What’s this? Supervisor Debbie Arnold voted to confirm an appointee frowned on by COLAB? In case you missed it, we’re talking about Betsey Nash, who is Supervisor Adam Hill’s appointee to the county Civil Service Commission.
The curmudgeonly COLAB faulted Nash — not for her qualifications, mind you — but because it disagreed with her radical philosophy that employees should find their jobs satisfying and meaningful.
That was too much for COLAB. Why, employees already receive compensation, a pension, health insurance and paid vacation and holidays! Let them look for meaning on their own time.
So no smiling, you county employees. No whistling while you work. And if you like your job, well, better keep that a secret — at least from COLAB.
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Not buying it? Neither are we. It may be slightly out of season, but COLAB earns a bah-humbug brickbat. And Debbie Arnold deserves an encouraging, go-your-own-way bouquet for bucking COLAB.
Assistant coaches prove dedication
We toss MVP bouquets to assistant coaches in the Paso Robles school district for their willingness to hang in there during the prolonged budget crisis — even when it meant serving without pay.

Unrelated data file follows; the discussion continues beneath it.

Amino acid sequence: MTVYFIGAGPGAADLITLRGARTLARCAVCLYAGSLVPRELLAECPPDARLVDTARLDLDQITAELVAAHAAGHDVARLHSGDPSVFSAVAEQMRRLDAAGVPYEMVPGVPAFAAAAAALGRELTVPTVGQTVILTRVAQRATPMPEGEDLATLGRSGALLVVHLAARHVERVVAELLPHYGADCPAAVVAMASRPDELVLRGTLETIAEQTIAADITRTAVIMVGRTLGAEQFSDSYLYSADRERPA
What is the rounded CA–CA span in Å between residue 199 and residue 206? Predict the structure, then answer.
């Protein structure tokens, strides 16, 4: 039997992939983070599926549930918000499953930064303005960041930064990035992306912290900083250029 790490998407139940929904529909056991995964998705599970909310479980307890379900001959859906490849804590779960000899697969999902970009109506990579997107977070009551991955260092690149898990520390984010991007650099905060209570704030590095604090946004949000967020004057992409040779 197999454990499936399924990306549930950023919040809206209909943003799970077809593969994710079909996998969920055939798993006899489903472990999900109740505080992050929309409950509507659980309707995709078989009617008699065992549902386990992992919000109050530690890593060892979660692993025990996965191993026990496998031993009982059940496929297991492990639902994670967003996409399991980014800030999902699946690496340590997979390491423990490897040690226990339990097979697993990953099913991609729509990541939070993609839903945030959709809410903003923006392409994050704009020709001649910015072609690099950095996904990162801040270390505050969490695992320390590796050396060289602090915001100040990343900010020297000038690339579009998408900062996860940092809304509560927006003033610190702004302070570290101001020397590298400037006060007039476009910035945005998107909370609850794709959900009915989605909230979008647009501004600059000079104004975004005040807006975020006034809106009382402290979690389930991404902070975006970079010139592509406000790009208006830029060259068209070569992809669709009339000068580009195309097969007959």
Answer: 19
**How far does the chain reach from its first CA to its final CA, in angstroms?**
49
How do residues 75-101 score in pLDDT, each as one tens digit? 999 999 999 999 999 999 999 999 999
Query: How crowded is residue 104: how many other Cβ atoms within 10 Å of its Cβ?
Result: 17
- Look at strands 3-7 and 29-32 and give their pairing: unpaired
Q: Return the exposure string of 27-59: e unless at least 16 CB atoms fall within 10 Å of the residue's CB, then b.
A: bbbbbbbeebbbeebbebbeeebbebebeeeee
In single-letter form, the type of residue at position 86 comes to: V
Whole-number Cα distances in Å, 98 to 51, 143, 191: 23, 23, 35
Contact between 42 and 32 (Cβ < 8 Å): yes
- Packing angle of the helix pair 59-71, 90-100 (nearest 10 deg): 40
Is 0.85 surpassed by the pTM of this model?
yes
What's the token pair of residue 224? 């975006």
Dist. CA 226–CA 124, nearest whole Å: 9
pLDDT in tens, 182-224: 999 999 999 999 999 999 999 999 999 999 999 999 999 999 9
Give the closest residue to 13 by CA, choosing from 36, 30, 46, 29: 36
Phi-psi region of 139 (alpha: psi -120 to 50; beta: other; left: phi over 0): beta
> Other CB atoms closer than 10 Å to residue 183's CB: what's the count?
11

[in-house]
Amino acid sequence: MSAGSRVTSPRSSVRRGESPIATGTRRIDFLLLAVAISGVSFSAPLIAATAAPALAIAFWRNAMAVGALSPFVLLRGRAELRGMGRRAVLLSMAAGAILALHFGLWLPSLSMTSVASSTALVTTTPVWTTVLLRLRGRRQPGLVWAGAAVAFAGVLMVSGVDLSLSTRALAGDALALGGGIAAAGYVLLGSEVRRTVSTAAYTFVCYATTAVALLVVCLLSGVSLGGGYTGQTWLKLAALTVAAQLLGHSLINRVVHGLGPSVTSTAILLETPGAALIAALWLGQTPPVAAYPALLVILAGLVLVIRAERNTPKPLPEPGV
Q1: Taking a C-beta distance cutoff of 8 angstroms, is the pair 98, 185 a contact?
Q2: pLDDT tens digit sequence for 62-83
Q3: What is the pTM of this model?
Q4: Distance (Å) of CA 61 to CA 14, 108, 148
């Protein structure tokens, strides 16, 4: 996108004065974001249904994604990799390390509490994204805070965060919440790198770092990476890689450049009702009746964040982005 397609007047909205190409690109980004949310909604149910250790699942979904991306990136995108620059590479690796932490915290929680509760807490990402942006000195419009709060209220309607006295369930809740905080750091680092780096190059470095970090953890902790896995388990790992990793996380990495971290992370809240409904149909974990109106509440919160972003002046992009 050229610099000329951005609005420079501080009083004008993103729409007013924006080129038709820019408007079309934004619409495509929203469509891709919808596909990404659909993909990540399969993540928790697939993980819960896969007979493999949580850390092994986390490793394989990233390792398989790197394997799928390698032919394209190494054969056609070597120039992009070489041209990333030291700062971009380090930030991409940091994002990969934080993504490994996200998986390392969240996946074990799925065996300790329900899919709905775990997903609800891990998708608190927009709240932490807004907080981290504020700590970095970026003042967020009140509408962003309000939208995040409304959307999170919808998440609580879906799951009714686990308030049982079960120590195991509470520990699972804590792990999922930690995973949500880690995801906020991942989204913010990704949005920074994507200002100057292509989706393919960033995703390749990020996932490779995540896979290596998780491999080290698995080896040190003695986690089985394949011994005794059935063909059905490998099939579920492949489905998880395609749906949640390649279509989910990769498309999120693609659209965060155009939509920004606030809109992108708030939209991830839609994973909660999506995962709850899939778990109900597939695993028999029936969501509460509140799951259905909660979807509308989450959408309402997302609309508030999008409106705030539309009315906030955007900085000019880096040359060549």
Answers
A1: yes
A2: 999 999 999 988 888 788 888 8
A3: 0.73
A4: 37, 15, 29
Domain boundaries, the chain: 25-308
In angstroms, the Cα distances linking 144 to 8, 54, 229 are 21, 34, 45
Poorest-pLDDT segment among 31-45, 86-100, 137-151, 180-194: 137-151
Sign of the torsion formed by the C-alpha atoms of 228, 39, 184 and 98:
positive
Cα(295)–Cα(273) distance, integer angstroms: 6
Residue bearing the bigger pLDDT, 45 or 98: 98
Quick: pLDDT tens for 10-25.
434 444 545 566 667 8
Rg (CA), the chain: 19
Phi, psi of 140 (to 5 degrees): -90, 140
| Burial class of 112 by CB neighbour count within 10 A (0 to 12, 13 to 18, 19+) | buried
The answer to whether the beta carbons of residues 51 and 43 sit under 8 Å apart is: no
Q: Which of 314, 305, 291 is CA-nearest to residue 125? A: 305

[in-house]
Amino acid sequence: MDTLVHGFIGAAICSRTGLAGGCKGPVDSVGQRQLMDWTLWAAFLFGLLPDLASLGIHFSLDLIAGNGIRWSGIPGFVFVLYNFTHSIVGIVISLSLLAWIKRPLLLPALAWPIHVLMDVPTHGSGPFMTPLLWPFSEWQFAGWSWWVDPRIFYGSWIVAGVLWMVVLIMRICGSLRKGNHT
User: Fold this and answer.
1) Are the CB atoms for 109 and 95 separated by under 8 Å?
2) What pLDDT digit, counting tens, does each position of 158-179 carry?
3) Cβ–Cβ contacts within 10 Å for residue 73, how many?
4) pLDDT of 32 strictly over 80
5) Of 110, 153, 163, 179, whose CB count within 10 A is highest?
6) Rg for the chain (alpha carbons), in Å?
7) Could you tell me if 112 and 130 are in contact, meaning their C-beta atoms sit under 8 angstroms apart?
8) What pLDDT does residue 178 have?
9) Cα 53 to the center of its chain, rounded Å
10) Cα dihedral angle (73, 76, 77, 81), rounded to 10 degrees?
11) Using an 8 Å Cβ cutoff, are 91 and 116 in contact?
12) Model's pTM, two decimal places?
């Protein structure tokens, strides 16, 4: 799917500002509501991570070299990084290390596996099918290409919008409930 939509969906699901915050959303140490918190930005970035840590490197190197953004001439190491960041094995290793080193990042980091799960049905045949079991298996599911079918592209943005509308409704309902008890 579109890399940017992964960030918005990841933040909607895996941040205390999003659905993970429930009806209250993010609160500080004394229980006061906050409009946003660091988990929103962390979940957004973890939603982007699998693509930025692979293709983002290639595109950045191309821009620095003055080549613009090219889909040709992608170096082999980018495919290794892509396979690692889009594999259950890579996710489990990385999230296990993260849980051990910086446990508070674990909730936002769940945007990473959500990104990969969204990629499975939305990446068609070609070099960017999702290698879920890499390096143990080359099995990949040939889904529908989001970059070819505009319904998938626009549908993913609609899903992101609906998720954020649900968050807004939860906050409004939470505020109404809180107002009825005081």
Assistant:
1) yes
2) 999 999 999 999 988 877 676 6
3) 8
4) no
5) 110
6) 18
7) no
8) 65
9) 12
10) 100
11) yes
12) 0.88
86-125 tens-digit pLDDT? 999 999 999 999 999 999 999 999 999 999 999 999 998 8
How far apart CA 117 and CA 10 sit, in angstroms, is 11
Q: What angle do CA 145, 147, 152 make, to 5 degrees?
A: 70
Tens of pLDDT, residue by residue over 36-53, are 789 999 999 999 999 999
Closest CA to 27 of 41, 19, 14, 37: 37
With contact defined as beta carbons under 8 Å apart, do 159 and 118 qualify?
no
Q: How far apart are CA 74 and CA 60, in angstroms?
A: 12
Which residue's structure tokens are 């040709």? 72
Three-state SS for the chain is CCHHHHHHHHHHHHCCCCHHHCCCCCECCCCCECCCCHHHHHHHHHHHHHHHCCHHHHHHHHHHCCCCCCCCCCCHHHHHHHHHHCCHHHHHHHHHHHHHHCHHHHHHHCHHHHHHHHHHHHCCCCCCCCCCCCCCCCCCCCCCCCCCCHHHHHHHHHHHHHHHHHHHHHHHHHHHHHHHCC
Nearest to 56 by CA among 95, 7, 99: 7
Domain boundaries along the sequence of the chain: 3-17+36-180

Two years ago, the Paso Robles school board reluctantly eliminated stipends for assistant coaches to help reduce an $8 million shortfall. Since then, the Bearcat Boosters have stepped up to the plate and raised funds to restore stipends for assistants.
We aren’t talking about huge sums of money — stipends range from about $1,700 to $4,000 for ahead coach — but it’s an acknowledgement of the dedication of these coaches, who spend umpteen hours working with young athletes every season.
It takes a special person to be a coach, and it’s good to see the Paso Robles community recognize that talent by reinstating stipends.
We offer three cheers and a big Bearcat bouquet to the Paso Robles High boosters.
New NRC chair is a touch laconic
Allison Macfarlane, who was appointed chair of the Nuclear Regulatory Commission in July, paid her first visit to Diablo Canyon this week. For that, we offer her a couple of courtesy carnations.
But could she have been any less communicative?
Macfarlane is a geologist, but she didn’t waste time speaking about her area of expertise. Instead, she pointed out that there are many natural hazards that nuclear power plants must be prepared to face — including tornadoes. (Well, OK, but we’re in California not Kansas.)
Here’s her take on the nuclear accident at Fukushima, Japan: “This is the kind of disaster we don’t want to have here.” (No argument there.)
And what does she think of Diablo Canyon?
“It’s interesting to see these plants and their different layouts.”
(Wake us up when this interview’s over.)
To be fair, Macfarlane hasn’t been on the job long, but providing answers that sound like they were cribbed from a 1973 elementary school textbook on nuclear power doesn’t inspire confidence in her leadership. For that, Macfarlane earns a tight-lipped brickbat.